David Alfaro Siqueiros (1896 -1973) was one of the "Big Three" of the Mexican Mural Movement of the early 1900s. While little is said of his work from this era (compared with the amount that has been said of Diego Rivera or Jose Clemente Orozco -- the other two of the Three), Siqueiros has been seen as one of the ideological leaders of the movement as well as of a number of other politically fueled mural movements to come.

His most notable contribution to the development of murals in this era is an article he wrote for El Machete, an influential newspaper produced for the Mexican artists' union. In this article, he tied art to the socialist cause, deploring "easel painting" and other forms of "elitist" art that served the sole purpose of creating luxury items for the enjoyment of a bourgeoisie upper class, effectively promoting the class divide. Instead, he insisted that art should be meaningful and monumental and speak to the people at large. As a result, he proposed that public art such as government-funded murals represented the purest art form.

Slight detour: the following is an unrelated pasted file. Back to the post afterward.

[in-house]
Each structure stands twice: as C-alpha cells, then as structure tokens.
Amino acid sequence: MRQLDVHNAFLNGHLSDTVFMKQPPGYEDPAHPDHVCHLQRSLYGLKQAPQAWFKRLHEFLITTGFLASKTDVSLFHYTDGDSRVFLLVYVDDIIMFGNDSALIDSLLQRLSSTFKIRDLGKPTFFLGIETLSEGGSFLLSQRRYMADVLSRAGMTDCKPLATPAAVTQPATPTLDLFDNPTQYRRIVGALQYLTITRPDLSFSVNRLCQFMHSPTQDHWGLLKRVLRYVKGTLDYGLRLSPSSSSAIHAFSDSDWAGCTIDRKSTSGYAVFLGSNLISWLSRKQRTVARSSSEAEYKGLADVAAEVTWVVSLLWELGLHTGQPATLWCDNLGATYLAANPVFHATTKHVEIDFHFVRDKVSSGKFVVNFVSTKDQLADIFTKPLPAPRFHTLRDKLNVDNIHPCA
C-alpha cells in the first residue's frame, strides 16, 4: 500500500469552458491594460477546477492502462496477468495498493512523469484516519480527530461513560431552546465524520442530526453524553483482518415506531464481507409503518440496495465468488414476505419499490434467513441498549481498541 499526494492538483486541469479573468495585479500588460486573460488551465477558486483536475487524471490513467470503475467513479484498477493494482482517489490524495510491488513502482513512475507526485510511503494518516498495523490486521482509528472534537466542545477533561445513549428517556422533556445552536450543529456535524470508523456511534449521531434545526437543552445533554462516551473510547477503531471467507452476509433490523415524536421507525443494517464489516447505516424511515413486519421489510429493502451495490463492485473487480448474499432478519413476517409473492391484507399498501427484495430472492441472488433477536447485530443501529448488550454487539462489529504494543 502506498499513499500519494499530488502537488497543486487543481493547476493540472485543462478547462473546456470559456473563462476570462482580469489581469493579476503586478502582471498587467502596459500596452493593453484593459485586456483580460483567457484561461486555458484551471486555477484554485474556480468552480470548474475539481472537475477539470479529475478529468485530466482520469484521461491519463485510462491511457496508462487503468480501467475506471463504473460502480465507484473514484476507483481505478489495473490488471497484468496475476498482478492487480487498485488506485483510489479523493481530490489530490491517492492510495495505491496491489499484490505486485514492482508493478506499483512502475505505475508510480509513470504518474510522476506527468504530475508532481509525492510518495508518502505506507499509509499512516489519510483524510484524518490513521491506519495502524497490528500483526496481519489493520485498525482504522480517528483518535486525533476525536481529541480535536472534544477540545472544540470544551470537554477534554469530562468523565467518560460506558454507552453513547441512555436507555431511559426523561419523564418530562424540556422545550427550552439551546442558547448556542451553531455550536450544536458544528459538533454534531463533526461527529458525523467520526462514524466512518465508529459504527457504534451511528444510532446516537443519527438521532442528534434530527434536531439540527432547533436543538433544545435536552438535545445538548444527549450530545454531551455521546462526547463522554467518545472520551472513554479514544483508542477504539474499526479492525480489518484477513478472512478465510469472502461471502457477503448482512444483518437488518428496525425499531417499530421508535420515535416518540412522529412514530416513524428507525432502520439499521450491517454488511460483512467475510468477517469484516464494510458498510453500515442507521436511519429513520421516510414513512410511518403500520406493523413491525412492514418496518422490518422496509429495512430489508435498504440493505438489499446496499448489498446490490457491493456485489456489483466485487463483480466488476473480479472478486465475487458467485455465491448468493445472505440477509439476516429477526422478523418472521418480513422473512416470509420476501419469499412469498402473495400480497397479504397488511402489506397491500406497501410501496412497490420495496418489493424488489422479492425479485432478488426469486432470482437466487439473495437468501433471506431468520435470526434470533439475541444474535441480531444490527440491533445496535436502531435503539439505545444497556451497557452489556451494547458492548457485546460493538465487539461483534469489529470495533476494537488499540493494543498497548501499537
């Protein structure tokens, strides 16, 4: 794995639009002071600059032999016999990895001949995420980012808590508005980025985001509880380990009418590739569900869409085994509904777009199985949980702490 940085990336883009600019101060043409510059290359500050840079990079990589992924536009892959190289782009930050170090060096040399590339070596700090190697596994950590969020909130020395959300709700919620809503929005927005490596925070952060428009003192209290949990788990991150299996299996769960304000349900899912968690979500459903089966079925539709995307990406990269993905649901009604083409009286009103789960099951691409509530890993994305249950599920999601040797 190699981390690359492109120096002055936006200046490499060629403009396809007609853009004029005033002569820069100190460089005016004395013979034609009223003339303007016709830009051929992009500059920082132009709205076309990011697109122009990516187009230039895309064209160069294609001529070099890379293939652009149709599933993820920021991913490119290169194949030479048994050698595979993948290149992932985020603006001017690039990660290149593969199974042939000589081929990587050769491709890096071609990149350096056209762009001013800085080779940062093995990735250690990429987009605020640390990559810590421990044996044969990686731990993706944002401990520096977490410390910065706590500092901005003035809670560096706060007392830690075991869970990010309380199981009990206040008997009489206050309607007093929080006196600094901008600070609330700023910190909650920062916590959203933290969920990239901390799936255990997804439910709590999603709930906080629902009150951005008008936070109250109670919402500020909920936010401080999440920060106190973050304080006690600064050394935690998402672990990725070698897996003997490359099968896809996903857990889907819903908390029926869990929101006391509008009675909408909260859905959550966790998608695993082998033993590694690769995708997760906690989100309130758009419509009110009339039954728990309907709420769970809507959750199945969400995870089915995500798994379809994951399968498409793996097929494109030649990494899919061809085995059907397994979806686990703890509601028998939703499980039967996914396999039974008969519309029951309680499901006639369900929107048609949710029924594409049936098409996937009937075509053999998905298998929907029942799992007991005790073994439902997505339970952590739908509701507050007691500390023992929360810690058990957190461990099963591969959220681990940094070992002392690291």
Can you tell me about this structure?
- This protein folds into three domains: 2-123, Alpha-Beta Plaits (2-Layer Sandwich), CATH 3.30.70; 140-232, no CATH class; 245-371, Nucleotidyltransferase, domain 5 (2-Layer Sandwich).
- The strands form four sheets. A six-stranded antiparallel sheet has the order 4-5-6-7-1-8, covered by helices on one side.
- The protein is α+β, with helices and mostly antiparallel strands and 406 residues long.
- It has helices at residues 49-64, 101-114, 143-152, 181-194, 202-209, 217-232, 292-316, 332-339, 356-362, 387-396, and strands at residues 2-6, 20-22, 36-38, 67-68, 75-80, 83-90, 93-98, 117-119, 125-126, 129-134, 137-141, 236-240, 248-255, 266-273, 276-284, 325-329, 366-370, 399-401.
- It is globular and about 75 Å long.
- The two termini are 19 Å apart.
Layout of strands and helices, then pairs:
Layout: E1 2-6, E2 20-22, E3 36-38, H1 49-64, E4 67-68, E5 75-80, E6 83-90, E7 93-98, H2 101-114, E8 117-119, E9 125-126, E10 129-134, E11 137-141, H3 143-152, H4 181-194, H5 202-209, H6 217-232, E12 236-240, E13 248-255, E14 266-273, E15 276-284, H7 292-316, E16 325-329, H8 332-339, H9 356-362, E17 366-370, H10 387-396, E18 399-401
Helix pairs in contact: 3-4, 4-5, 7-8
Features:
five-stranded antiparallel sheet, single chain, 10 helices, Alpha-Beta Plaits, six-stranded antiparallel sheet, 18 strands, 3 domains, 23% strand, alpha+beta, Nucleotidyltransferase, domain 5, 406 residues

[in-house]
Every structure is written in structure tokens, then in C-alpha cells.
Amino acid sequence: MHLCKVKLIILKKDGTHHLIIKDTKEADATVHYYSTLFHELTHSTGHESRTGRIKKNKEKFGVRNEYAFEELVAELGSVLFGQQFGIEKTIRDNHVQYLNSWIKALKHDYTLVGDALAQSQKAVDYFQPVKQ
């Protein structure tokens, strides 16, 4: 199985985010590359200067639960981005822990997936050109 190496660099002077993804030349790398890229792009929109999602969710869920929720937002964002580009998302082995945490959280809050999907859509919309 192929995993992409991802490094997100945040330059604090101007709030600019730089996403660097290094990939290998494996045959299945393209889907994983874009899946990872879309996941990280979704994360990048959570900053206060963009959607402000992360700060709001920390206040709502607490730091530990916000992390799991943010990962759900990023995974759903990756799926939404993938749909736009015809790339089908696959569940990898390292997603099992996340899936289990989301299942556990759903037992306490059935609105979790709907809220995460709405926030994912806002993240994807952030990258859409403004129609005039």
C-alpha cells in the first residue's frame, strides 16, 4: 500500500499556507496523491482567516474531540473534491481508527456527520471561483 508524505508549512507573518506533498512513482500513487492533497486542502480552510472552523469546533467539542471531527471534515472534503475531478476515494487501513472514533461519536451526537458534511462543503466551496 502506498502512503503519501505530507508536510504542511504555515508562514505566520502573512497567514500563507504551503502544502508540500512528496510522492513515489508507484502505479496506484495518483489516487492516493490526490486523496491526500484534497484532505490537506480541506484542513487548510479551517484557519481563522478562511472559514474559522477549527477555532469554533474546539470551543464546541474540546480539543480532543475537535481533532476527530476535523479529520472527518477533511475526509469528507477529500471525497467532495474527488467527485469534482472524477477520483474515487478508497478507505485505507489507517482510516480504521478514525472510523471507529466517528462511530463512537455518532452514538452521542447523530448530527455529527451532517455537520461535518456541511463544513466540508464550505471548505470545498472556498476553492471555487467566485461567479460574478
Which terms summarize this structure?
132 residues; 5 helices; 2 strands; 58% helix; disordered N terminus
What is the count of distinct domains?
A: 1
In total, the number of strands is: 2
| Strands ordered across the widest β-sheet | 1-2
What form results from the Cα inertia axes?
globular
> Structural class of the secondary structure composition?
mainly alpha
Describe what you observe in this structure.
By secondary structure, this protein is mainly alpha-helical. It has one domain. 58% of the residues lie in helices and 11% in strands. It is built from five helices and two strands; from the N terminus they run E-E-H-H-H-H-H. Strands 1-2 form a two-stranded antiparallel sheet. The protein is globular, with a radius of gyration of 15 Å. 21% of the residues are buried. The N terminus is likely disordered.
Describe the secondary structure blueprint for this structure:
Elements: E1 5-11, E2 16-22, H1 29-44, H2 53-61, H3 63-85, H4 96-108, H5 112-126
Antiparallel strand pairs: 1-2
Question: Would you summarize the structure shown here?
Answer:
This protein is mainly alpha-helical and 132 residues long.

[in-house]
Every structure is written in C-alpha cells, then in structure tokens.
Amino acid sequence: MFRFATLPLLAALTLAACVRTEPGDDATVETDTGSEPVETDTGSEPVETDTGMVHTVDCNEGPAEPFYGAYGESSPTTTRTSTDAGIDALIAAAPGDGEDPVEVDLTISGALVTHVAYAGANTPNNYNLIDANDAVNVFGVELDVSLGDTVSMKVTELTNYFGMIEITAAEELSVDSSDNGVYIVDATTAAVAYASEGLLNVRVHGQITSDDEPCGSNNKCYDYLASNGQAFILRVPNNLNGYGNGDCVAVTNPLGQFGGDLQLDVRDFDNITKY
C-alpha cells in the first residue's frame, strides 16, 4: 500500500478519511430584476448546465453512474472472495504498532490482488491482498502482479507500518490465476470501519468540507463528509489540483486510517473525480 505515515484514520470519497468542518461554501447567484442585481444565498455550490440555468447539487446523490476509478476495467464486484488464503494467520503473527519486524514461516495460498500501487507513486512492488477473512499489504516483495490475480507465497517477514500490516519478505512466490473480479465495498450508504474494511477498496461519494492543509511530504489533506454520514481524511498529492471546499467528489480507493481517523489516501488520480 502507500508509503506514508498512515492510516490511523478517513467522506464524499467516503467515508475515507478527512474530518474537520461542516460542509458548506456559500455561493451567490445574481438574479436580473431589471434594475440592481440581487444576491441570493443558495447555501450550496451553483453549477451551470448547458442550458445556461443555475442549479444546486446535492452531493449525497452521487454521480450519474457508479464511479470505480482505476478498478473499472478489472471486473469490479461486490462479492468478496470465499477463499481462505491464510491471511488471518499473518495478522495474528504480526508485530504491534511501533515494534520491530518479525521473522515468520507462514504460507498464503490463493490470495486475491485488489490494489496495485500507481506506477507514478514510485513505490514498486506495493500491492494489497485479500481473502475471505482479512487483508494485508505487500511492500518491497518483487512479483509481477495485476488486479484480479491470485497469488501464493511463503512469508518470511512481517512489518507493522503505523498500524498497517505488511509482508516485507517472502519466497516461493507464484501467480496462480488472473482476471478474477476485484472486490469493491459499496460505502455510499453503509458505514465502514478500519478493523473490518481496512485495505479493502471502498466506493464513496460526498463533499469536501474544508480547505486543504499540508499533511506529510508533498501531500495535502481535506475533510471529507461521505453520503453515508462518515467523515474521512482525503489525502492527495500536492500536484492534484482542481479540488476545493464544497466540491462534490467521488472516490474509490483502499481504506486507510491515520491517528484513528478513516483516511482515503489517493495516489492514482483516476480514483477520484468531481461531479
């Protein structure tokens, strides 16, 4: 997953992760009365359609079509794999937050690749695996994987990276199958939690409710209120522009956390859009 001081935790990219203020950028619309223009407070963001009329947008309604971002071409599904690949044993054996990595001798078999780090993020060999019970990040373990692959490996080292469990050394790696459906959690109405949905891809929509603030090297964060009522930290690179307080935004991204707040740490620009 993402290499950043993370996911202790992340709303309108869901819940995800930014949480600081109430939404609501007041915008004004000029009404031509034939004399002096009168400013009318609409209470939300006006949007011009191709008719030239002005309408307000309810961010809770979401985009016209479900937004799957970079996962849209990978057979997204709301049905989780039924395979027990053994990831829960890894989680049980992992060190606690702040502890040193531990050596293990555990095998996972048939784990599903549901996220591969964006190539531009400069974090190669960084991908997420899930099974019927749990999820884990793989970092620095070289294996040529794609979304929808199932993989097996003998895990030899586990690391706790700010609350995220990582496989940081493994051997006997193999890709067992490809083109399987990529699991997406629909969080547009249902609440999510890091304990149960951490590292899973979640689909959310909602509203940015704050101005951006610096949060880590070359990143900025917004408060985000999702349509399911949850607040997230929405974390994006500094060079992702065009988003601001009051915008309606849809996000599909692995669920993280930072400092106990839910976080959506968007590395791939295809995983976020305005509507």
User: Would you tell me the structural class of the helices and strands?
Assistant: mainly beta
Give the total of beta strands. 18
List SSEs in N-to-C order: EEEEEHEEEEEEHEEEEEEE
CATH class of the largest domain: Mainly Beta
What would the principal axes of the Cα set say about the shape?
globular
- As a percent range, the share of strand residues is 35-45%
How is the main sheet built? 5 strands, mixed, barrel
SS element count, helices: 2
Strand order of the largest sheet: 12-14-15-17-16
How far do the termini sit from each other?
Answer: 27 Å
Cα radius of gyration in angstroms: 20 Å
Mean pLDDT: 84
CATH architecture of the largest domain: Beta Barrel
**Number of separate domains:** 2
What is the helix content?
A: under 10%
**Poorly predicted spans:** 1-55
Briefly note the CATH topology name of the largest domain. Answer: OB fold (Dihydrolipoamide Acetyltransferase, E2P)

These ideas were so influential as to spread to the Nicaraguan revolution of 1979. In the wake of this (once again, largely socialist) revolution, the people again turned to mural painting as a way of binding formerly disenfranchised Nicaraguans together and helping to create a new national identity. One of the first major mural groups to pop up in Nicaragua was founded under the title of the "David Siqueiros National School of Monumental and Public Art" which looked to spread Siqueiros' ideals as a model for Nicaraguan muralism.

Siqueiros completed significant mural projects in the Mexican Colegio Chico and the Electricians' Syndicate, as well as in Los Angeles and New York.

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